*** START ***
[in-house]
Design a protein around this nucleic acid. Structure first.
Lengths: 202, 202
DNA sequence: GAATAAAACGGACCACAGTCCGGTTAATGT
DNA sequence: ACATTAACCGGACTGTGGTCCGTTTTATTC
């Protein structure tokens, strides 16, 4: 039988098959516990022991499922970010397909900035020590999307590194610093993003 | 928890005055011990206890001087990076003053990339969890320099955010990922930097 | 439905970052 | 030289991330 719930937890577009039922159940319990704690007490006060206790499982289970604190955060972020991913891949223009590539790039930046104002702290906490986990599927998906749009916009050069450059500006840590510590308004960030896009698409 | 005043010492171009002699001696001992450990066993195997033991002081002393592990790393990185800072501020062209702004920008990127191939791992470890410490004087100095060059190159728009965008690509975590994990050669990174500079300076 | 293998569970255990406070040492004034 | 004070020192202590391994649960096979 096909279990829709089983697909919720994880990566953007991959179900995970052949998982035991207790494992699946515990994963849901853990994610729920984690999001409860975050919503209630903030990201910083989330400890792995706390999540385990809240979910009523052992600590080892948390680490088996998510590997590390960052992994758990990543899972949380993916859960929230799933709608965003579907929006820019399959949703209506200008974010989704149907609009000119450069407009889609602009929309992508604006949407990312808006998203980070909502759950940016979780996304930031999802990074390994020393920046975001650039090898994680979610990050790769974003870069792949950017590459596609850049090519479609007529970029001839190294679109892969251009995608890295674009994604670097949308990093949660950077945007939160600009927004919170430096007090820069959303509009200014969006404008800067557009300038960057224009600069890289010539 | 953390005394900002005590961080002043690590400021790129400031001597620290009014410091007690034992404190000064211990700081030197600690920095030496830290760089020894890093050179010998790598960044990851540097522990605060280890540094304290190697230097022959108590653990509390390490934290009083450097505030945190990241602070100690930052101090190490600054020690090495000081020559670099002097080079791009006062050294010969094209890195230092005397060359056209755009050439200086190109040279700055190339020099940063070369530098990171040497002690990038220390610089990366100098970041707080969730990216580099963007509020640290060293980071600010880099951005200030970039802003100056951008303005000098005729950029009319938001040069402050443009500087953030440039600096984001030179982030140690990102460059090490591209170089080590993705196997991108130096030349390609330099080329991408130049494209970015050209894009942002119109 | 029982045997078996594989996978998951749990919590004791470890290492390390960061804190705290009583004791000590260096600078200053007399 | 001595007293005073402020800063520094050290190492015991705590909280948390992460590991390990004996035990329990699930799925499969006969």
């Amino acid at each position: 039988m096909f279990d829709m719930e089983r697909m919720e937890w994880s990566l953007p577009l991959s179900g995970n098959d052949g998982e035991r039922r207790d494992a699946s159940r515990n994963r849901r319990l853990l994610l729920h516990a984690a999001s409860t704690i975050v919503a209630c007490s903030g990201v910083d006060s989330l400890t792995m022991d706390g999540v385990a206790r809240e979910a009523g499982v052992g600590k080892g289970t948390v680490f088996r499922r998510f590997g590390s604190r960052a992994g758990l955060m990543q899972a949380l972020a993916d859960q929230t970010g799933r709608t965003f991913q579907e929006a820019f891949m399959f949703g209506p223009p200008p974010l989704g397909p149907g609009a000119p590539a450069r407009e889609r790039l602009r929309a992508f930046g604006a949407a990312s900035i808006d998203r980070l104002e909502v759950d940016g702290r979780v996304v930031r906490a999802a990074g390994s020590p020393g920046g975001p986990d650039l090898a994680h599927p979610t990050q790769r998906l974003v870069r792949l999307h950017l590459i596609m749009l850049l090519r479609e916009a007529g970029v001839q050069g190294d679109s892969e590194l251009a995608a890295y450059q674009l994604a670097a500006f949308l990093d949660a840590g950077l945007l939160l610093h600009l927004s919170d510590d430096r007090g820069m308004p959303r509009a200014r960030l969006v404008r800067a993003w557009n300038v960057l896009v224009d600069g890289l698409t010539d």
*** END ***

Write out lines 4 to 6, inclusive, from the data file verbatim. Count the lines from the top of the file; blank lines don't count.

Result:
DNA sequence: GAATAAAACGGACCACAGTCCGGTTAATGT
DNA sequence: ACATTAACCGGACTGTGGTCCGTTTTATTC
């Protein structure tokens, strides 16, 4: 039988098959516990022991499922970010397909900035020590999307590194610093993003 | 928890005055011990206890001087990076003053990339969890320099955010990922930097 | 439905970052 | 030289991330 719930937890577009039922159940319990704690007490006060206790499982289970604190955060972020991913891949223009590539790039930046104002702290906490986990599927998906749009916009050069450059500006840590510590308004960030896009698409 | 005043010492171009002699001696001992450990066993195997033991002081002393592990790393990185800072501020062209702004920008990127191939791992470890410490004087100095060059190159728009965008690509975590994990050669990174500079300076 | 293998569970255990406070040492004034 | 004070020192202590391994649960096979 096909279990829709089983697909919720994880990566953007991959179900995970052949998982035991207790494992699946515990994963849901853990994610729920984690999001409860975050919503209630903030990201910083989330400890792995706390999540385990809240979910009523052992600590080892948390680490088996998510590997590390960052992994758990990543899972949380993916859960929230799933709608965003579907929006820019399959949703209506200008974010989704149907609009000119450069407009889609602009929309992508604006949407990312808006998203980070909502759950940016979780996304930031999802990074390994020393920046975001650039090898994680979610990050790769974003870069792949950017590459596609850049090519479609007529970029001839190294679109892969251009995608890295674009994604670097949308990093949660950077945007939160600009927004919170430096007090820069959303509009200014969006404008800067557009300038960057224009600069890289010539 | 953390005394900002005590961080002043690590400021790129400031001597620290009014410091007690034992404190000064211990700081030197600690920095030496830290760089020894890093050179010998790598960044990851540097522990605060280890540094304290190697230097022959108590653990509390390490934290009083450097505030945190990241602070100690930052101090190490600054020690090495000081020559670099002097080079791009006062050294010969094209890195230092005397060359056209755009050439200086190109040279700055190339020099940063070369530098990171040497002690990038220390610089990366100098970041707080969730990216580099963007509020640290060293980071600010880099951005200030970039802003100056951008303005000098005729950029009319938001040069402050443009500087953030440039600096984001030179982030140690990102460059090490591209170089080590993705196997991108130096030349390609330099080329991408130049494209970015050209894009942002119109 | 029982045997078996594989996978998951749990919590004791470890290492390390960061804190705290009583004791000590260096600078200053007399 | 001595007293005073402020800063520094050290190492015991705590909280948390992460590991390990004996035990329990699930799925499969006969």